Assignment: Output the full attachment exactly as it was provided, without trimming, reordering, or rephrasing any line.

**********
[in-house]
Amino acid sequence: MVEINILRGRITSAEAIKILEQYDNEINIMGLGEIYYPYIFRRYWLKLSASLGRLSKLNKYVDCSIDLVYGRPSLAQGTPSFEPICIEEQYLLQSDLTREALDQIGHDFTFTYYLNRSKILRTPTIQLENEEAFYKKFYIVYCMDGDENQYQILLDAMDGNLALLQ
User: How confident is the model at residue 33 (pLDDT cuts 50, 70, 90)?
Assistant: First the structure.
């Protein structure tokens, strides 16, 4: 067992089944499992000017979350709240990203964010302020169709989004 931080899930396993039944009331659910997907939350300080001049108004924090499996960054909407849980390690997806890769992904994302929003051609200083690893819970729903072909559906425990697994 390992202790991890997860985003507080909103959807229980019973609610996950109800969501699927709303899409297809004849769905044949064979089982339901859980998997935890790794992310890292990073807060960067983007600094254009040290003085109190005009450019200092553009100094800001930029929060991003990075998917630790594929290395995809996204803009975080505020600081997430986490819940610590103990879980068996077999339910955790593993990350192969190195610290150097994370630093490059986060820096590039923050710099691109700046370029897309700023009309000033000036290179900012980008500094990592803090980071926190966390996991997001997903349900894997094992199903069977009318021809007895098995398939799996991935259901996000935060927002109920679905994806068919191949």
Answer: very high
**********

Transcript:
[in-house]
Amino acid sequence: MVEINILRGRITSAEAIKILEQYDNEINIMGLGEIYYPYIFRRYWLKLSASLGRLSKLNKYVDCSIDLVYGRPSLAQGTPSFEPICIEEQYLLQSDLTREALDQIGHDFTFTYYLNRSKILRTPTIQLENEEAFYKKFYIVYCMDGDENQYQILLDAMDGNLALLQ
User: How confident is the model at residue 33 (pLDDT cuts 50, 70, 90)?
Assistant: First the structure.
């Protein structure tokens, strides 16, 4: 067992089944499992000017979350709240990203964010302020169709989004 931080899930396993039944009331659910997907939350300080001049108004924090499996960054909407849980390690997806890769992904994302929003051609200083690893819970729903072909559906425990697994 390992202790991890997860985003507080909103959807229980019973609610996950109800969501699927709303899409297809004849769905044949064979089982339901859980998997935890790794992310890292990073807060960067983007600094254009040290003085109190005009450019200092553009100094800001930029929060991003990075998917630790594929290395995809996204803009975080505020600081997430986490819940610590103990879980068996077999339910955790593993990350192969190195610290150097994370630093490059986060820096590039923050710099691109700046370029897309700023009309000033000036290179900012980008500094990592803090980071926190966390996991997001997903349900894997094992199903069977009318021809007895098995398939799996991935259901996000935060927002109920679905994806068919191949």
Answer: very high